7 of 8 people found the following review helpful
Well worth a read,
This review is from: The Sinking of the "Lancastria": Britain's Greatest Maritime Disaster and Churchill's Cover-up (Paperback)
If all you know about the evacuation from France in 1940 is the story of Dunkirk, this gripping book will interest you. It begins almost at the end of the story, with the sinking of the Lancastria, a passenger liner, told through first-hand accounts of the soldiers, sailors and airmen on board. But if you think all you are getting is the story of a sinking you'd be mistaken and you will be pleasantly surprised.
Starting from the events of 17th June, the book rewinds to 14th June and tells the story of the fall of France in two ways. First, many recollections are brought together of the men of the British armed forces, trying to follow orders, even trying to find someone to give them orders. These aspects are excellent and convey a sense of the unreality, amazement at events and confusion that existed. The men fall back on various ports but the focus is on those heading for St Nazaire at the mouth of the Loire, south of Brittany.
The second level of narrative is that of high-level diplomacy between Churchill's government and the French. This could be very dry but the author is a journalist by trade and puts this to great advantage, keeping the story moving, picking out angles that garb the attention of the non-academic historian (such as the French Prime Minister's reliance on his mistress's opinion, or De Gaulle's role).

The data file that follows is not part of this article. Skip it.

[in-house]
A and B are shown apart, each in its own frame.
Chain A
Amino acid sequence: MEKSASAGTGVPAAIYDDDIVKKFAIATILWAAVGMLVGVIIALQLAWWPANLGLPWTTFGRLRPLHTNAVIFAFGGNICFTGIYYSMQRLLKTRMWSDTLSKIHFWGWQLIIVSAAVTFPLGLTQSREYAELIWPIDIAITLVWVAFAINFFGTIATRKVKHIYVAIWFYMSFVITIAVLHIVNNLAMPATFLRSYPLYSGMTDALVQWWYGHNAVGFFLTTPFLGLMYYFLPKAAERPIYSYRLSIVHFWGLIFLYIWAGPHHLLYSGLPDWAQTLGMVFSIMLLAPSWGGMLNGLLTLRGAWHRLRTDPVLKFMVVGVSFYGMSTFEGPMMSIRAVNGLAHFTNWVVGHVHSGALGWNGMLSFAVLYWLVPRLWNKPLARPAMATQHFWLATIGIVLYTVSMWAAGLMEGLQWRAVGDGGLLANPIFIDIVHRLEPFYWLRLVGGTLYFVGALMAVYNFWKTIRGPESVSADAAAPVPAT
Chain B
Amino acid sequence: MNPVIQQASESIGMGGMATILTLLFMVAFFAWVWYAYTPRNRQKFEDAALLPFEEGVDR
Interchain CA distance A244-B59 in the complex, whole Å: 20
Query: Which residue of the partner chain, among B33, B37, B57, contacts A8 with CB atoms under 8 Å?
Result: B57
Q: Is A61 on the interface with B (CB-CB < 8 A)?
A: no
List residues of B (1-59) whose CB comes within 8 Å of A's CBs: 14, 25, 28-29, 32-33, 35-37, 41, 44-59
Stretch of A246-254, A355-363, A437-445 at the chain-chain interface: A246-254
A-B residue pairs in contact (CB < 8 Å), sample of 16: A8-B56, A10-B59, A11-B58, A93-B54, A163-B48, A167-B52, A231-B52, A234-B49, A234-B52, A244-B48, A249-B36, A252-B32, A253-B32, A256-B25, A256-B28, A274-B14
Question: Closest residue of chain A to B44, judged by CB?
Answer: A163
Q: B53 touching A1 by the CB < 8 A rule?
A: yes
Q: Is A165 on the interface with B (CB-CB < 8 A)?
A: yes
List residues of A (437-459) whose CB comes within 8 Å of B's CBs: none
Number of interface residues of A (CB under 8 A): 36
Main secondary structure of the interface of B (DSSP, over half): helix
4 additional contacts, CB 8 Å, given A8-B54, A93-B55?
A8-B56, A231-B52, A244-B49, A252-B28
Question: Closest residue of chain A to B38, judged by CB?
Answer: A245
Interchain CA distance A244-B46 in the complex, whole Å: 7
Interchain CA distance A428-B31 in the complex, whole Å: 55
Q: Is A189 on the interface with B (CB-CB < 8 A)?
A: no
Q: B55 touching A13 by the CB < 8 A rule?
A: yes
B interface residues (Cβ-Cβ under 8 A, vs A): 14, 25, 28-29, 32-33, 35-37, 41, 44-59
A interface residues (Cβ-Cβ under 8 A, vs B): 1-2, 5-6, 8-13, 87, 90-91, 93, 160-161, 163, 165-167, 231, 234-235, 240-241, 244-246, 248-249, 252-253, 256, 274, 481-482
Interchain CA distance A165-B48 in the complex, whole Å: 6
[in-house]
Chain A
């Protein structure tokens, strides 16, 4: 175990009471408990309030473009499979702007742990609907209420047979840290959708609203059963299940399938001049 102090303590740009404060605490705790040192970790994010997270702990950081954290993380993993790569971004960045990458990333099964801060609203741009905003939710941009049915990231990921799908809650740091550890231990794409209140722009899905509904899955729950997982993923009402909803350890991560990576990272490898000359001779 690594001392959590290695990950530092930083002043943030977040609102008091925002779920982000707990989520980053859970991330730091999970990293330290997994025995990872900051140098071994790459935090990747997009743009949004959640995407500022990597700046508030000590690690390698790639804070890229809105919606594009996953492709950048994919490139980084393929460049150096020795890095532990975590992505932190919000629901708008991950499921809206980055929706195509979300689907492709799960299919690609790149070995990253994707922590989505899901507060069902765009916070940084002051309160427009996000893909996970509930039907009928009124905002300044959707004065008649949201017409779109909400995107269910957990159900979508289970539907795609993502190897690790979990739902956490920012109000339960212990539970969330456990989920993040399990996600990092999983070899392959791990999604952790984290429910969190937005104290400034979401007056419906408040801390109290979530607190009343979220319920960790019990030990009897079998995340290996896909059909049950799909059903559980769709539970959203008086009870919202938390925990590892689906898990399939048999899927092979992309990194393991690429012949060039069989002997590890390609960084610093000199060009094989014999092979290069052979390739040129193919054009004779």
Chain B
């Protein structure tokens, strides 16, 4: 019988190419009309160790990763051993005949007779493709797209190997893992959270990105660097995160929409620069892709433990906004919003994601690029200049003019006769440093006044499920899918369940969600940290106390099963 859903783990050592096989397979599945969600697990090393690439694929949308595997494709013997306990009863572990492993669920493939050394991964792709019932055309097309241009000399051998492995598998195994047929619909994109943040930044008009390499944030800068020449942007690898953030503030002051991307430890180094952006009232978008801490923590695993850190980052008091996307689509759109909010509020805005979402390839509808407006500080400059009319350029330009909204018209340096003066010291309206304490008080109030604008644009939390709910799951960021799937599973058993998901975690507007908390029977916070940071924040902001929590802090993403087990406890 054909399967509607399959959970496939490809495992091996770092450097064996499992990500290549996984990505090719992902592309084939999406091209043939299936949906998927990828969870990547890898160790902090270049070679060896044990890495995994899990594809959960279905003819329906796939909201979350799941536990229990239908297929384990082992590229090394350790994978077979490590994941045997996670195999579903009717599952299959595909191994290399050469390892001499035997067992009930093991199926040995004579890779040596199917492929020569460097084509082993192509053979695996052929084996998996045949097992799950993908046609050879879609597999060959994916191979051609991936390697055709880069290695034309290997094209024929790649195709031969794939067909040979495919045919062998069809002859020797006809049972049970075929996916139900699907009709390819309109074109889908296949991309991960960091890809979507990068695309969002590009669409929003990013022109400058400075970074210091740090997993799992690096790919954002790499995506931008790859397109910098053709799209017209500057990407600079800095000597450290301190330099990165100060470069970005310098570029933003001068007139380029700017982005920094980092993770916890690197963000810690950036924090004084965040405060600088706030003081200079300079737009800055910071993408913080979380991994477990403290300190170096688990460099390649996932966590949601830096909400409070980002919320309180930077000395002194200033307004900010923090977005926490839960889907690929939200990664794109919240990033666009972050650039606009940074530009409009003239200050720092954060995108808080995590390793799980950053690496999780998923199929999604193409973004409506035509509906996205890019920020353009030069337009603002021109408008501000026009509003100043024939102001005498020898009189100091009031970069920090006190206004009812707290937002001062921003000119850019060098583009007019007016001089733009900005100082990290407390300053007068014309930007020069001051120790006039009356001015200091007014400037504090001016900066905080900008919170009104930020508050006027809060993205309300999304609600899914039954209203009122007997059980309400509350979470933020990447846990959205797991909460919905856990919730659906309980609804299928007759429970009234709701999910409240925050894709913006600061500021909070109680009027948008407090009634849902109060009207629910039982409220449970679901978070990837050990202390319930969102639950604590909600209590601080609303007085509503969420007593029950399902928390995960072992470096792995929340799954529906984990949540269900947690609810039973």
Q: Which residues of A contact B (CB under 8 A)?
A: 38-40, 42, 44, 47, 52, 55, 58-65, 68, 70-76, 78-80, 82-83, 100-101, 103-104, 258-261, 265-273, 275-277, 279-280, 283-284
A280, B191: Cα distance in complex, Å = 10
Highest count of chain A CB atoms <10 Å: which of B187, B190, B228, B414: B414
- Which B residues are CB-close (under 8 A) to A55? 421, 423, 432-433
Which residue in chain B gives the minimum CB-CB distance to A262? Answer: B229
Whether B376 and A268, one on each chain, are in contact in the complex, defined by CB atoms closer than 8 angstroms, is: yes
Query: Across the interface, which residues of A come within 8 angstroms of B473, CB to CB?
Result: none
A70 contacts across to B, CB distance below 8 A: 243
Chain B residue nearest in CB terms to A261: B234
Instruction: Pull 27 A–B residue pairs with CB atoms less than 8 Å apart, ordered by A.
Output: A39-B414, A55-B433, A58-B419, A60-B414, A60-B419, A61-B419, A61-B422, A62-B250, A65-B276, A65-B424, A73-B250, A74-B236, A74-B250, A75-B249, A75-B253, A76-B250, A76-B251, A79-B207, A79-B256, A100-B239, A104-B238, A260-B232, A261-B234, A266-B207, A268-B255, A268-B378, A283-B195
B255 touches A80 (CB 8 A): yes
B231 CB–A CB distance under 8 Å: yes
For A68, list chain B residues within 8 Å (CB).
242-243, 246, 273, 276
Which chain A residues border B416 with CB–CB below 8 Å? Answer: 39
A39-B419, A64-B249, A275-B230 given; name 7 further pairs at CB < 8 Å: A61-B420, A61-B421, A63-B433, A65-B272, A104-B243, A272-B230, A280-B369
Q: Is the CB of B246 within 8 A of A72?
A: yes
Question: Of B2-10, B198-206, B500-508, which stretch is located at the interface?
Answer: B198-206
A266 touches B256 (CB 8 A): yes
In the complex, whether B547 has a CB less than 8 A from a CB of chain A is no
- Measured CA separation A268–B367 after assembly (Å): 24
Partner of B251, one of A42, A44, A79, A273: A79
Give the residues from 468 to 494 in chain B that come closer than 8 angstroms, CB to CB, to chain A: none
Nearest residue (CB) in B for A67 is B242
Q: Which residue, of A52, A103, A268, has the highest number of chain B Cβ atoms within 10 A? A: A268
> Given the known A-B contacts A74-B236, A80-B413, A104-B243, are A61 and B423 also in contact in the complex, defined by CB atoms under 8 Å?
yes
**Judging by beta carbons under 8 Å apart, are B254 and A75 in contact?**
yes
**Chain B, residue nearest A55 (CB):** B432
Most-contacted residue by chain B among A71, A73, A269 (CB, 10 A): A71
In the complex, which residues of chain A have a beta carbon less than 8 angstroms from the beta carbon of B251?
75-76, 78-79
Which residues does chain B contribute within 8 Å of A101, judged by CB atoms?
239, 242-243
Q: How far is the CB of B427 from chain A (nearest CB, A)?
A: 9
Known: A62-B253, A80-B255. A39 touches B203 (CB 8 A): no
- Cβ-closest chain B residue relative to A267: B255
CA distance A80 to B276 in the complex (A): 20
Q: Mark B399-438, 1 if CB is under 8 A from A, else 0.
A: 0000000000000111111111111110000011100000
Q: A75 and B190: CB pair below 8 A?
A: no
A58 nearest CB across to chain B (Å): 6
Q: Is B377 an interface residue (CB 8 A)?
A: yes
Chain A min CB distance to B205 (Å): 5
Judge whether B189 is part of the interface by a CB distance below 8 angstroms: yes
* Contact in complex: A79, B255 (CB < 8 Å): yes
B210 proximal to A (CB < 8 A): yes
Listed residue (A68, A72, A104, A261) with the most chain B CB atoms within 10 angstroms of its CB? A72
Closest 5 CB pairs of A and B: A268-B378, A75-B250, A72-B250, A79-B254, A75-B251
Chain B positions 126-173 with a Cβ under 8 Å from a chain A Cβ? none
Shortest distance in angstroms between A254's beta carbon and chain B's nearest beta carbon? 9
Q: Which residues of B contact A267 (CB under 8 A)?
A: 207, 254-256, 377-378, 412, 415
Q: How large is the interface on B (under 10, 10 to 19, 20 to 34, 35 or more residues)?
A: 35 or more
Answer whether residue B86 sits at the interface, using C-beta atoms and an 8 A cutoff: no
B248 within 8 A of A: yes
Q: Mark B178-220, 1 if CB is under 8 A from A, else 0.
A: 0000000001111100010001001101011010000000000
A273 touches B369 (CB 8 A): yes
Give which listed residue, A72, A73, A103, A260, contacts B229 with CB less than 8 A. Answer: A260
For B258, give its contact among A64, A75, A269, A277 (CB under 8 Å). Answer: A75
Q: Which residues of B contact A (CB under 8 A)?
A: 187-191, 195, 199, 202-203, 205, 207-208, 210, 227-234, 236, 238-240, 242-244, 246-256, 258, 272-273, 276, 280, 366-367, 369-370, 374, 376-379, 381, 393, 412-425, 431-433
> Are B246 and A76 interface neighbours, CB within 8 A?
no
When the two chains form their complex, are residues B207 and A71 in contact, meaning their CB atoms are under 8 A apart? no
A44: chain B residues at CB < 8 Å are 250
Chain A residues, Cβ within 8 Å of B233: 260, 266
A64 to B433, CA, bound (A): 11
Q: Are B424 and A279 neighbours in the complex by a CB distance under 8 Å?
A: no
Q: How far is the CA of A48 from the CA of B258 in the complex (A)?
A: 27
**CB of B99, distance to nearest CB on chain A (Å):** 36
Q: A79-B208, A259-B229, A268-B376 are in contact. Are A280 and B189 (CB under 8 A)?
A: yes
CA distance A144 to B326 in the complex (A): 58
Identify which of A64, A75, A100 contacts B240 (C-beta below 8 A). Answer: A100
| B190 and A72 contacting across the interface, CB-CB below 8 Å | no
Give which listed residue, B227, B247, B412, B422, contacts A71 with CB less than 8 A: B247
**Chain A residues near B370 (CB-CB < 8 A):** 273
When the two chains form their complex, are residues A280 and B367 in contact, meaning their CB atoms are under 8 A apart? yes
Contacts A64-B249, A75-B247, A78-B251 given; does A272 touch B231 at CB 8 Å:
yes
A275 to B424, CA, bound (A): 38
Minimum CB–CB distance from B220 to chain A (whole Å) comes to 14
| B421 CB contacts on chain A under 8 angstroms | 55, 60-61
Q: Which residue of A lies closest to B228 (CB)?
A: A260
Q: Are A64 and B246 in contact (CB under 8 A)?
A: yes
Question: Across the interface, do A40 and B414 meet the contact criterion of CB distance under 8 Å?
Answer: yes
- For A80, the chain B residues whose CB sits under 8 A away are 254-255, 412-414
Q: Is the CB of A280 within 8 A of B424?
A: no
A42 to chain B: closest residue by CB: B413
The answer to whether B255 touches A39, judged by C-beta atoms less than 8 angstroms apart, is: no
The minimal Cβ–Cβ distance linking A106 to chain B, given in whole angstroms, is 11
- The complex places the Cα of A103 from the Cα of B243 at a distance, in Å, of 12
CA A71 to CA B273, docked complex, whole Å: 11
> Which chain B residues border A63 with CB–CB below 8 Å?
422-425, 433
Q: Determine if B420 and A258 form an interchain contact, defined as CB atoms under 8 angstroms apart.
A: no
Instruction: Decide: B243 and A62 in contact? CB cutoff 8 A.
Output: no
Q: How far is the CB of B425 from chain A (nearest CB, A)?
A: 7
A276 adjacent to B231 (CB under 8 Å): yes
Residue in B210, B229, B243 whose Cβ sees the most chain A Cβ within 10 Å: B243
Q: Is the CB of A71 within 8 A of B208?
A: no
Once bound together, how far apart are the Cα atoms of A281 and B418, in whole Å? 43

In this way it is as much a history of the first half of June 1940 in France as it about the sinking of one particular ship. The Lancastria itself is given its place, however, describing enough of the ship to satisfy my curiosity without becoming dull. There are enough survivors' accounts to describe what happened in some detail, and pretty harrowing it is too, including the time the survivors spent in the water hoping for a rescue.
The book does not end there (nor will you want it to) and the return to England and the first few days after are described as well. Don't be too misled by the books sub-title alluding to Churchill's Cover-Up - you can imagine the British government was doing everything possible to maintain morale and the image of Dunkirk as a great triumph. Can we really blame them for not publicising the losses in the Lancastria? Unfortunately this has led to the story being neglected and you can understand the survivors' irritation. However, the story is plenty strong enough to stand without this slightly spurious controversy.
So overall, a really gripping read that goes beyond what you might have expected. Thoroughly recommended, although maybe not for reading on a cruising holiday ...
(6 customer reviews)
Used & New from: £0.01